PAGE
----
auto-, aut-

(Greek: self, same, spontaneous; directed from within)

1. The inability to recognize or correctly orient the parts of one's own body.
2. Loss of the power to recognize or orient a bodily part due to a brain lesion.
3. Inability to localize and name the parts of one's own body; for example, finger agnosia would be autotopagnosia restricted to the fingers.
autotopagnosia, body-image agnosia
1. The inability to recognize or correctly orient the parts of one's own body.
2. The inability to localize and name the parts of one's own body; finger agnosia would be autotopagnosia restricted to the fingers.
3. A disorder of the body image, because of a lesion of the parietal cortex in the nondominant hemisphere or organic brain damage, characterized by an inability to relate the parts of one's own body to extrapersonal space often with the consequent loss of topographical orientation.

Sometimes the affected individual is also unable to identify and interrelate to the parts of the body of another individual or even with a model.

Poisoning by harmful substances generated within the body itself.
A poison that acts on the organism in which it is generated.
autotoxic pruritus
Pruritus attributed to endogenous toxins, as in jaundice, uremia, etc.
autotoxicosis, autotoxemia, autotoxis
The same thing as autointoxication or poisoning by harmful substances generated within the body itself.
Any harmful substance generated within the body; self poisonous.
autotransfusion (s) (noun), autotransfusions (pl); autohemotransfusion (s), autohemotransfusions (pl); autoreinfusion (s), autoreinfusions (pl)
Withdrawal of and re-injection or transfer of a patient's own blood: "Autotransfusion, autohemotransfusion, and autoreinfusion all have the same meaning of being an infusion of a patient's own blood, which has either been collected and returned to the body during a surgery or transfused from a stored supply of blood."
autotroph (s) (noun), autotrophs (pl)
1. An organism capable of synthesizing its own food from inorganic substances, using light or chemical energy: "Green plants, algae, and certain bacteria are autotrophs."
2. Any organism capable of self-nourishment by using inorganic materials as a source of nutrients and using photosynthesis or chemosynthesis as a source of energy, as most plants and certain kinds of bacteria: "An autotroph is an organism that produces organic compounds from carbon dioxide as a carbon source, using either light or reactions of inorganic chemical compounds as a source of energy."

"Autotrophs are a vital part of the world's food chain because they take energy from the sun or from inorganic sources and convert them into a form (organic molecules) that they use to carry out biological functions including cell growth, and which other organisms (called heterotrophs) utilize as food."

"Carnivorous animals ultimately rely on autotrophs because the energy and organic building blocks obtained from their prey comes from autotrophs which were eaten by the prey."

—Compiled from information located in
Botany: An Introduction to Plant Biology by James D. Mauseth;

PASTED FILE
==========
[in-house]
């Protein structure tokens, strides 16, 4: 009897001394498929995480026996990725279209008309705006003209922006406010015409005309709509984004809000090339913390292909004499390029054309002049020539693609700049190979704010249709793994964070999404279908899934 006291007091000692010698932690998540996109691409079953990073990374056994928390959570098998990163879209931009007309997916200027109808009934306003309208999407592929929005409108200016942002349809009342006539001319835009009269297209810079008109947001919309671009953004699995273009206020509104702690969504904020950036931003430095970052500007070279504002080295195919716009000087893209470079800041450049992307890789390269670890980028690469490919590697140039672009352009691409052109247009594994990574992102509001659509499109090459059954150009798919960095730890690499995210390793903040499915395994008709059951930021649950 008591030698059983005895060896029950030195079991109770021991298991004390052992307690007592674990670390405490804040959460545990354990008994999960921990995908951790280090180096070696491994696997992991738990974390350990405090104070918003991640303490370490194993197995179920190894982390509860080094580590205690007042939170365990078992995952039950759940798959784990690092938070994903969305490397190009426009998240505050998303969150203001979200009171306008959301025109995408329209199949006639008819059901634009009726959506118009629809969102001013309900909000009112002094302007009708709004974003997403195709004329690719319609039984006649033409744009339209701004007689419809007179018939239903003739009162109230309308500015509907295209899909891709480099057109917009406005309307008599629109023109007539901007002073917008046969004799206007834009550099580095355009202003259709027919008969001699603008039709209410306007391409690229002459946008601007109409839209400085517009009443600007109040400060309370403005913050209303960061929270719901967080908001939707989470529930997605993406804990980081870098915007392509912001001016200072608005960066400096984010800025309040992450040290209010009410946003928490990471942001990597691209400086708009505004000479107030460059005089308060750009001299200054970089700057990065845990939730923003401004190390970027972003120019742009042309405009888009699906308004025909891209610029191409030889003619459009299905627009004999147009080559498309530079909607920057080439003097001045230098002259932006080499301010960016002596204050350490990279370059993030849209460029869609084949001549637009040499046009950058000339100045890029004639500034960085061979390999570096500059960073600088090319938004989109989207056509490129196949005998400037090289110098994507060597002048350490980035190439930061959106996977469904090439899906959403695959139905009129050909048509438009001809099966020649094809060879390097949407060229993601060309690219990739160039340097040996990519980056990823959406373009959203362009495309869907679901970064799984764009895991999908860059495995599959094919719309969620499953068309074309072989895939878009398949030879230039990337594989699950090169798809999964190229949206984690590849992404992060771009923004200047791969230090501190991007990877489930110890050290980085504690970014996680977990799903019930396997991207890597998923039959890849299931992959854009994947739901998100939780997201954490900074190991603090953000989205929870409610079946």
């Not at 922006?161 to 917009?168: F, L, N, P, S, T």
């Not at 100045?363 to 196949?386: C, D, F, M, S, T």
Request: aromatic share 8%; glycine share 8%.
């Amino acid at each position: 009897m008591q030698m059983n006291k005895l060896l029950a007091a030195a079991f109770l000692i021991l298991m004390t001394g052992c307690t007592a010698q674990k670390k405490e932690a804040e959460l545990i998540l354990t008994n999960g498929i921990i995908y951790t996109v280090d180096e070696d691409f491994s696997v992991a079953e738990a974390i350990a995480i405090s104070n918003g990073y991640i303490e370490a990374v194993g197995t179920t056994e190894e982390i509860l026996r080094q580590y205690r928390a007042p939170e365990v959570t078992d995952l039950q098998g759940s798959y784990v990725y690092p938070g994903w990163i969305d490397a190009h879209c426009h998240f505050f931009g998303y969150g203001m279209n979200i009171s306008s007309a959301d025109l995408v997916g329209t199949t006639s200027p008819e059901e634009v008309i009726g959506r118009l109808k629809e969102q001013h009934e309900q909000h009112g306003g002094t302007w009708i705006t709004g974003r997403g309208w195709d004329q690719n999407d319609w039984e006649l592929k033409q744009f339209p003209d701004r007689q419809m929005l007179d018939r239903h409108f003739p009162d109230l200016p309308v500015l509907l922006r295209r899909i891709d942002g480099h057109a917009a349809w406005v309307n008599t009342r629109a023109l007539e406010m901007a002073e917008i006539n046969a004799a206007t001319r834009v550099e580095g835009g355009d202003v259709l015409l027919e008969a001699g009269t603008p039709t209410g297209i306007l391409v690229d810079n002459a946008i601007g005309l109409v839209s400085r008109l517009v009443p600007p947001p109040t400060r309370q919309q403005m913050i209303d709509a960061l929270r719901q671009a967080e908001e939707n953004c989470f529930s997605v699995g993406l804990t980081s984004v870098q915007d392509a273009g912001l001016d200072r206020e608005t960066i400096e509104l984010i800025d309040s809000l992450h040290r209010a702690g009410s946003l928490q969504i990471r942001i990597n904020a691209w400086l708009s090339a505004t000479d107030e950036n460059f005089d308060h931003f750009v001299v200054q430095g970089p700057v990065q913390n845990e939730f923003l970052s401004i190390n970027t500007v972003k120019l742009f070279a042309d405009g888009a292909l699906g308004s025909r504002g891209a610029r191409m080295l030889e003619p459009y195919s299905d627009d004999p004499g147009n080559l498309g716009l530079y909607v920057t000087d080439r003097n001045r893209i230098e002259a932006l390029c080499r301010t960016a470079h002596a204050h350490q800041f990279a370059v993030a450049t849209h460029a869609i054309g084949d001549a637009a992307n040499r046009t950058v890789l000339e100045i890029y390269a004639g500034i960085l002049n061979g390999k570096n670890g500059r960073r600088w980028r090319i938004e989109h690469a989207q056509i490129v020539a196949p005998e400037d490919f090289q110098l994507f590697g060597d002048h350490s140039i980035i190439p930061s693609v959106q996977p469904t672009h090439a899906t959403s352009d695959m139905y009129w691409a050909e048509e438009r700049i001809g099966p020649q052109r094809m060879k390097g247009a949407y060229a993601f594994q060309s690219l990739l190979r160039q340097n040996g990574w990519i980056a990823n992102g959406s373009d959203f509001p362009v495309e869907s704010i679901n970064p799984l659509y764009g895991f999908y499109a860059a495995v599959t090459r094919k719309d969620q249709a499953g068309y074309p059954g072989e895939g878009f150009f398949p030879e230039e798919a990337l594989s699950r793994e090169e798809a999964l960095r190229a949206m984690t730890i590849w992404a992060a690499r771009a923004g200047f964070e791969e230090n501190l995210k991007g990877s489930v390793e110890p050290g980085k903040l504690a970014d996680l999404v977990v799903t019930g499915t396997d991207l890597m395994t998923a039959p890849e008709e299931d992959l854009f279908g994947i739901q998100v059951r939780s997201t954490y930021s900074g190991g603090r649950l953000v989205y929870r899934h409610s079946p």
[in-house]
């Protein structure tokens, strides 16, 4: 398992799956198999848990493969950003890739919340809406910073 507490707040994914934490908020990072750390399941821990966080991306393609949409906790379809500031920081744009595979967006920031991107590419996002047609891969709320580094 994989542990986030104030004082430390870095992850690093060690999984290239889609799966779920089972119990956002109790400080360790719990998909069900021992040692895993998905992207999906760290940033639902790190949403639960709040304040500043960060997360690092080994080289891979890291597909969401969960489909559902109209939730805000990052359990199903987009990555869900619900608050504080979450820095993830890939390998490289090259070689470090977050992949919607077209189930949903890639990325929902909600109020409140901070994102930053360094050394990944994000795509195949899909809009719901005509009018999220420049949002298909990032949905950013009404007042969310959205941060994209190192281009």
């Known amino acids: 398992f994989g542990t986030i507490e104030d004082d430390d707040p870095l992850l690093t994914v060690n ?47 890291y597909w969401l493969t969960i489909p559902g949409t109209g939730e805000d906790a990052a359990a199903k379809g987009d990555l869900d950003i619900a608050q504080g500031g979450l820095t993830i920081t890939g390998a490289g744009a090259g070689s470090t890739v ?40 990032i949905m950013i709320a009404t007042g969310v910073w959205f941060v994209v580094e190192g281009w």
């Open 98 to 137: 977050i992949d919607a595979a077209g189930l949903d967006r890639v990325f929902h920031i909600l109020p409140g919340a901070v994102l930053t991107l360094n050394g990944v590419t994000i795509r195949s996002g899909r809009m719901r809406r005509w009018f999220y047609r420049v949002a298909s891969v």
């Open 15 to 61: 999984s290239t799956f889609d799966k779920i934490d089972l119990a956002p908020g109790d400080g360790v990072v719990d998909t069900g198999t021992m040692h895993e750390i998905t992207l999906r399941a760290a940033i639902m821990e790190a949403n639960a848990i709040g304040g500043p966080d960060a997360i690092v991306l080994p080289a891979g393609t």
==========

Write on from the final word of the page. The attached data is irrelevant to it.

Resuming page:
Jones and Bartlett Publishers; Sudbury, Massachusetts; 2008; page 252.
autotrophic (adjective)
1. Capable of synthesizing complex organic substances from simple inorganic substrates; including both the chemoautotrophic and the photoautotrophic organisms.
2. A reference to any organism for which environmental carbon dioxide is the only or main source of carbon in the synthesis of organic compounds by photosynthesis.
autotrophic lake (s) (noun), autotrophic lakes (pl)
A lake in which all or most of the organic matter present is derived from within the lake and not from drainage off the surrounding land.
autotrophically (adverb)
1. Of or relating to organisms; such as, green plants that can make complex organic nutritive compounds from simple inorganic sources by photosynthesis.
2. Needing only carbon dioxide or carbonates as a source of carbon and a simple inorganic nitrogen compound for metabolic synthesis>
3. Not requiring a specified exogenous factor for normal metabolism.
4. Self-nourishing; the ability of an organism to produce food from inorganic compounds.
autotrophy (s) (noun), autotrophies (pl)
A situation when self-sustaining organisms (green plants, algae, and certain bacteria) are able to produce food from inorganic compounds:
  • Carbon autotrophy, ability to assimilate carbon dioxide from the air.
  • Nitrogen autotrophy, ability to assimilate nitrate or to do nitrogen fixation.
  • Sulfur autotrophy, ability to assimilate sulfate.
autotropic (adjective), more autotropic, most autotropic
In botany and biology, a reference to the tendency to grow in a straight line, regardless of external factors or influences.
autotropism (s) (noun), autotropisms (pl)
In botany, the tendency of a plant to grow in a straight line when it is unaffected by external factors or stimuli.

Inter-related cross references, directly or indirectly, involving word units dealing with "equal, identical, same, similar": emul-; equ-, equi-; homeo-; homo-; iso-; pari-; peer; rhomb-; syn-; tauto-.